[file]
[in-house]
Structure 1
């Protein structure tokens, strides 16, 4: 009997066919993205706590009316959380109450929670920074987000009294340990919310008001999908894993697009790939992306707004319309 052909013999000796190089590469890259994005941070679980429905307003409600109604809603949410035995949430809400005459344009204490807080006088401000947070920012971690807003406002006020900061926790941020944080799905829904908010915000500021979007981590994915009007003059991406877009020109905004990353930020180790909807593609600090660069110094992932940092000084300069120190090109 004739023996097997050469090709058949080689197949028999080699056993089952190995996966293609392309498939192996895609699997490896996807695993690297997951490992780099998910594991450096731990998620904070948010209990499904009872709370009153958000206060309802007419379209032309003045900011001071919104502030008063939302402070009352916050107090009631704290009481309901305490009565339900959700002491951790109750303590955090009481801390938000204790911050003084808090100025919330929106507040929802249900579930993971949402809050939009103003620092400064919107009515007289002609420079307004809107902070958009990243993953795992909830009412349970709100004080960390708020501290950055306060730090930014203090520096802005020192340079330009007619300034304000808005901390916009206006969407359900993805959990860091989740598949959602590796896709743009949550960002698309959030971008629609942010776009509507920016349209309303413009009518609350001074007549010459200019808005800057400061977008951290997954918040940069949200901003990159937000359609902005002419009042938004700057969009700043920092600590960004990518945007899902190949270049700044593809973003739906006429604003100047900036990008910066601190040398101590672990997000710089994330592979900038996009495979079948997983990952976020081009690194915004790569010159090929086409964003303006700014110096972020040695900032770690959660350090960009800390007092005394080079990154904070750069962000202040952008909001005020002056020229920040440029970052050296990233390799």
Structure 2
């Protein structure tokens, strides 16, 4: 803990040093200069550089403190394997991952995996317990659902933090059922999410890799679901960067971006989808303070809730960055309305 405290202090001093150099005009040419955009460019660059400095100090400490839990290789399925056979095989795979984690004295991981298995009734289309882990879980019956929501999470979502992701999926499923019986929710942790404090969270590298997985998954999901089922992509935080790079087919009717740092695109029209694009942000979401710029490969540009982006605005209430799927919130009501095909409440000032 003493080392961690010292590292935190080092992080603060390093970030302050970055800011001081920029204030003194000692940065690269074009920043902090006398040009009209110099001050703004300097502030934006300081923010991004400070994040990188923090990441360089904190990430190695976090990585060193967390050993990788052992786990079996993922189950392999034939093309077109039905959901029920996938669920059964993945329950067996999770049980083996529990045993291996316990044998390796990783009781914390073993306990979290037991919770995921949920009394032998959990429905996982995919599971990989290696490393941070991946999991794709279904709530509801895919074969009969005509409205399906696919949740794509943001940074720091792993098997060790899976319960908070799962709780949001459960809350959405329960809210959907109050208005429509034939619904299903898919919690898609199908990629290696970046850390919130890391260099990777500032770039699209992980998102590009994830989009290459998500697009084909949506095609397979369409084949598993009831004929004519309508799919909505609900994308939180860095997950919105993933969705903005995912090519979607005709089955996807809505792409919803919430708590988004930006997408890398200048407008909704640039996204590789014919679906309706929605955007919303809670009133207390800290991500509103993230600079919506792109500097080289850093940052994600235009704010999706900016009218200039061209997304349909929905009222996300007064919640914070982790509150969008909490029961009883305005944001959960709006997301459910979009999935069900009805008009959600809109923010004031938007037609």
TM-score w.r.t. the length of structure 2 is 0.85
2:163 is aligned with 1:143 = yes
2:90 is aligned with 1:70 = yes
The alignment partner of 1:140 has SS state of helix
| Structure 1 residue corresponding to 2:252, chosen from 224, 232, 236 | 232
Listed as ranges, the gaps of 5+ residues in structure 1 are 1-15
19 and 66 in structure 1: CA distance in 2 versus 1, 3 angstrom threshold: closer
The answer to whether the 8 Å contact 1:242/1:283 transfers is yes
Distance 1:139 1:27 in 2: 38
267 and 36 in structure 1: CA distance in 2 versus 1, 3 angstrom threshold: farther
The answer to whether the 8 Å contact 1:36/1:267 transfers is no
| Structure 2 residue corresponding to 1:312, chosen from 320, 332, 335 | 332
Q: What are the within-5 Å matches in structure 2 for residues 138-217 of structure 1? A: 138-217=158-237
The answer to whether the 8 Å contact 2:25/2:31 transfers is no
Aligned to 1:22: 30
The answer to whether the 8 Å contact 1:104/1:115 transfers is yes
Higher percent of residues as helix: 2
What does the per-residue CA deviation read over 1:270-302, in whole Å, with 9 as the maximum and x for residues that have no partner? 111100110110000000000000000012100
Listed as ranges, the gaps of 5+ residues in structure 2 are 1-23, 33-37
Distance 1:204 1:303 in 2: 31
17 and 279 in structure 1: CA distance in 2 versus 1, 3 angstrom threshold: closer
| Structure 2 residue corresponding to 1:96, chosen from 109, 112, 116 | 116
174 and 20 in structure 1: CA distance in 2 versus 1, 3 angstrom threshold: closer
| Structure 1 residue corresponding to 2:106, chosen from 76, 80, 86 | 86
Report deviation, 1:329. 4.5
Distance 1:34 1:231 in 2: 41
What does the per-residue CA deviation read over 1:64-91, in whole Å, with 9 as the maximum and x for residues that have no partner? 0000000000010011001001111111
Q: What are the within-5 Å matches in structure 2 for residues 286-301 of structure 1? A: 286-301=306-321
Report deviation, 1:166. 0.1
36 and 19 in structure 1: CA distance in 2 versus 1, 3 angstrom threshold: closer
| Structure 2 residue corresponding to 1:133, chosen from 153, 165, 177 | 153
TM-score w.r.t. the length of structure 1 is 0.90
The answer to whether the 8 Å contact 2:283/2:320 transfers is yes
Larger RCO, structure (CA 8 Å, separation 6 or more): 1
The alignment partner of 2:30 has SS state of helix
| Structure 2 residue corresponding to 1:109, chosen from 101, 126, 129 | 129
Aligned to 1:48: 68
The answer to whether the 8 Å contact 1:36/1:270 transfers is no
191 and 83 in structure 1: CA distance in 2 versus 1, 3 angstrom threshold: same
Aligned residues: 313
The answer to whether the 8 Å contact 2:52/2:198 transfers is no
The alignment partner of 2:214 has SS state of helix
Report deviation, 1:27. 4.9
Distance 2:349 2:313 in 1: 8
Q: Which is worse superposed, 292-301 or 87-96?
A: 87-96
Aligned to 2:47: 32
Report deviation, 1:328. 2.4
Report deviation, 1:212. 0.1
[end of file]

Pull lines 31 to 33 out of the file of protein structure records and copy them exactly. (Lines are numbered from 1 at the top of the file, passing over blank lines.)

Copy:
Distance 1:34 1:231 in 2: 41
What does the per-residue CA deviation read over 1:64-91, in whole Å, with 9 as the maximum and x for residues that have no partner? 0000000000010011001001111111
Q: What are the within-5 Å matches in structure 2 for residues 286-301 of structure 1? A: 286-301=306-321